Newton’s Notebooks

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Pierpont Morgan Notebook

Author: Isaac Newton

Source: MA 318, The Morgan Library & Museum, New York, USA

Newton Catalogue ID: NATP00001


'Quæstiones quædam Philosophiæ' ('Certain Philosophical Questions')

Author: Isaac Newton

Source: MS Add. 3996, Cambridge University Library, Cambridge, UK

Newton Catalogue ID: THEM00092


Trinity College Notebook

Author: Isaac Newton

Source: R.4.48c, Trinity College Library, Cambridge, UK

Newton Catalogue ID: PERS00001


Fitzwilliam Notebook

Author: Isaac Newton

Source: Fitzwilliam Museum, Cambridge, UK

Newton Catalogue ID: ALCH00069


Mathematical Notebook

Author: Isaac Newton

Source: MS Add. 4000, Cambridge University Library, Cambridge, UK

Newton Catalogue ID: NATP00128


Newton's Waste Book

Author: Isaac Newton

Source: MS Add. 4004, Cambridge University Library, Cambridge, UK

Newton Catalogue ID: NATP00176


Theological Notebook

Author: Isaac Newton

Source: Keynes Ms. 2, King's College, Cambridge, UK

Newton Catalogue ID: THEM00002


Described and partially published (as far as the conjuring tricks), with selected facsimiles of the later pages, in D.E. Smith, 'Two Unpublished Documents of Isaac Newton', 16-31. One very brief shorthand entry ('A remedy for a Ague') is deciphered in Westfall, 'Short Writing', 13. The word-lists are based on Francis Gregory's school text-book Nomenclatura brevis anglo-Latinis (1654), though with some interesting and (debatably) suggestive additions and variants: see Manuel, Portrait, 11-12, 27, 30, 34, 37, 69-70, 397-8.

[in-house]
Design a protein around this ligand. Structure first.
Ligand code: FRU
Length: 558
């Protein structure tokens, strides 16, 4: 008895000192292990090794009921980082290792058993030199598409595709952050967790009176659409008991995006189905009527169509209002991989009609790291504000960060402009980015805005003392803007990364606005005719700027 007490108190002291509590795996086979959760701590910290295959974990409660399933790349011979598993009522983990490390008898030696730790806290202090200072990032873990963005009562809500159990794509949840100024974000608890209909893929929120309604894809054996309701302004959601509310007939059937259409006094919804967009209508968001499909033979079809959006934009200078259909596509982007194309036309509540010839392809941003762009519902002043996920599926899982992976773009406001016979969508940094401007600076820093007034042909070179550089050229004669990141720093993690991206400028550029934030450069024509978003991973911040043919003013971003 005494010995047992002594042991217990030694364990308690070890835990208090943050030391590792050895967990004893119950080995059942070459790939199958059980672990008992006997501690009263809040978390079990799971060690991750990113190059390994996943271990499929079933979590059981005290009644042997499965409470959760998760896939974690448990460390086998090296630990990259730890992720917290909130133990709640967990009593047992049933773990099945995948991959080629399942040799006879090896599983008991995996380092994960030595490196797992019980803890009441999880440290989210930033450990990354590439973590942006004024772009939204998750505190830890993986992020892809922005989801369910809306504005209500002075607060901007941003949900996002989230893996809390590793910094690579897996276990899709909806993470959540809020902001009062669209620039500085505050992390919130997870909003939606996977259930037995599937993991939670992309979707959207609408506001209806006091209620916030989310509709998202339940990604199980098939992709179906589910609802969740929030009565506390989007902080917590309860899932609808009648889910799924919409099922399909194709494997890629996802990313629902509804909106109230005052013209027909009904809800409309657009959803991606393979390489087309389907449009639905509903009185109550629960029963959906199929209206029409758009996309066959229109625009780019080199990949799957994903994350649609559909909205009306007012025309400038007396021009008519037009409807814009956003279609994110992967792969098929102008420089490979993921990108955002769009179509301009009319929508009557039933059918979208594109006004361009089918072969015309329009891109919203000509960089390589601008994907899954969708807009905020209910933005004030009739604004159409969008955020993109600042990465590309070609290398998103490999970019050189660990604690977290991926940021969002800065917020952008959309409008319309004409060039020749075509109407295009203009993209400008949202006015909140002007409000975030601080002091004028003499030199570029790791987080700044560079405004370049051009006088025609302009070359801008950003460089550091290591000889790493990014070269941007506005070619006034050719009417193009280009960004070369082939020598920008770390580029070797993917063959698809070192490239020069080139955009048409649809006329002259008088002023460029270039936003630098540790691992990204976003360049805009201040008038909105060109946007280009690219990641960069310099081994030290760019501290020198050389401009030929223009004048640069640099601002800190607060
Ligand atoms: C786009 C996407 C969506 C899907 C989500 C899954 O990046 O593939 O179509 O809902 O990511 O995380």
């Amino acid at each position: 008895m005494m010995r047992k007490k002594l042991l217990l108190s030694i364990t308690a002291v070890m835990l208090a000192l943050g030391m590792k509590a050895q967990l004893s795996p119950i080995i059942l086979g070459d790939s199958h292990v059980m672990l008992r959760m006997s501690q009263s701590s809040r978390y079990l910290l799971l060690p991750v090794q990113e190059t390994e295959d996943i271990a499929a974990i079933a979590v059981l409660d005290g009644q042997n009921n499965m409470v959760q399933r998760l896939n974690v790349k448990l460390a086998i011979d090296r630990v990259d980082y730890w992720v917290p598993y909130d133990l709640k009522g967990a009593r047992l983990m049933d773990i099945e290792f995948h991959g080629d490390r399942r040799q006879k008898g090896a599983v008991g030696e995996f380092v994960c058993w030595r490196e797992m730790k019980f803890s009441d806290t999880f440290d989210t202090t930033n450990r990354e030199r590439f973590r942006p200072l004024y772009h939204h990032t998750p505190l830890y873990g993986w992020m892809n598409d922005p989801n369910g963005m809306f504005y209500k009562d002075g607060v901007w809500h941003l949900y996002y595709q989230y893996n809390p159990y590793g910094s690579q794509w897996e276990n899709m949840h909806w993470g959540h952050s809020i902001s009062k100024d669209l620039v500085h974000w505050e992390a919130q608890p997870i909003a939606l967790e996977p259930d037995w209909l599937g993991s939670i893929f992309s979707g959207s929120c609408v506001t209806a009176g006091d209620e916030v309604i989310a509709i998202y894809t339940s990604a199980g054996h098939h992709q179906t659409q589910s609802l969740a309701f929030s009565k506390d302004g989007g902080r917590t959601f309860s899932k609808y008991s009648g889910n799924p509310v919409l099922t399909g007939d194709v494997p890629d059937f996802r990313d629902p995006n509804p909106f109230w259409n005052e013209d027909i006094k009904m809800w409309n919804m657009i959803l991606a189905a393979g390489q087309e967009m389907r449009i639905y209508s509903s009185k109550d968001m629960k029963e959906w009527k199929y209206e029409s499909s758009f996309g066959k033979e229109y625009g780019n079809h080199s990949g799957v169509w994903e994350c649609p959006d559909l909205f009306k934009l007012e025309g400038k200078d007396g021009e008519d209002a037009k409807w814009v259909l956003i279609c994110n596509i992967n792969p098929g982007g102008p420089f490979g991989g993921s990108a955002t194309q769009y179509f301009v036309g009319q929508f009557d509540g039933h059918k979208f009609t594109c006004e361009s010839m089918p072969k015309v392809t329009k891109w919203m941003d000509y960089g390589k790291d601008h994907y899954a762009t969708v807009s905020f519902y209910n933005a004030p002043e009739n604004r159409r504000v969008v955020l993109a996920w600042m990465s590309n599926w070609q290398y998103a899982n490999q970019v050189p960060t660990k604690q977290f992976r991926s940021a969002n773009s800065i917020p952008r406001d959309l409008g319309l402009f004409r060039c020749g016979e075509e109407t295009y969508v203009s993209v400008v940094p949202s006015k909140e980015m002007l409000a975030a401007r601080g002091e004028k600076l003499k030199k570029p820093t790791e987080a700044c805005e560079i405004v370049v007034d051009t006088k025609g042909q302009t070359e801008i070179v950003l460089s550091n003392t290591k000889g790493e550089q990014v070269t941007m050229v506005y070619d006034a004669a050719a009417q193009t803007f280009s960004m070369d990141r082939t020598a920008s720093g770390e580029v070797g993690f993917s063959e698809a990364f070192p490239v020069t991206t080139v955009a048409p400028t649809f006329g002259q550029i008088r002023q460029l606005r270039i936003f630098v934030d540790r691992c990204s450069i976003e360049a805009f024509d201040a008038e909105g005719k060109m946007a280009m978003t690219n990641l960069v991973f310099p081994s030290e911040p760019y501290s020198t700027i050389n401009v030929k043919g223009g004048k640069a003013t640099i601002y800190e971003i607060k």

Pocket memorandum notebook covering the end of Newton's schooldays and the beginning of his university career.

On the first leaf (in Newton's hand): 'Isacus Newton hunc librum possidet teste Edwardo Secker pret: 2d ob. 1659'. Contains technical advice on drawing, various medical recipes, instructions for performing conjuring tricks, astronomical charts, accounts of Copernican astronomy and 'Drebles Motion' [i.e. the supposed perpetual motion machine of Cornelius Drebbel], mathematical exercises, notes on universal character, and several lists of words, under assorted subject headings, beginning with the same letter.

One of four notebooks, with those in Trinity College Library, Cambridge University Library and the Fitzwilliam Museum, which supply the main source of evidence about Newton's interests and activities during his early years at Cambridge.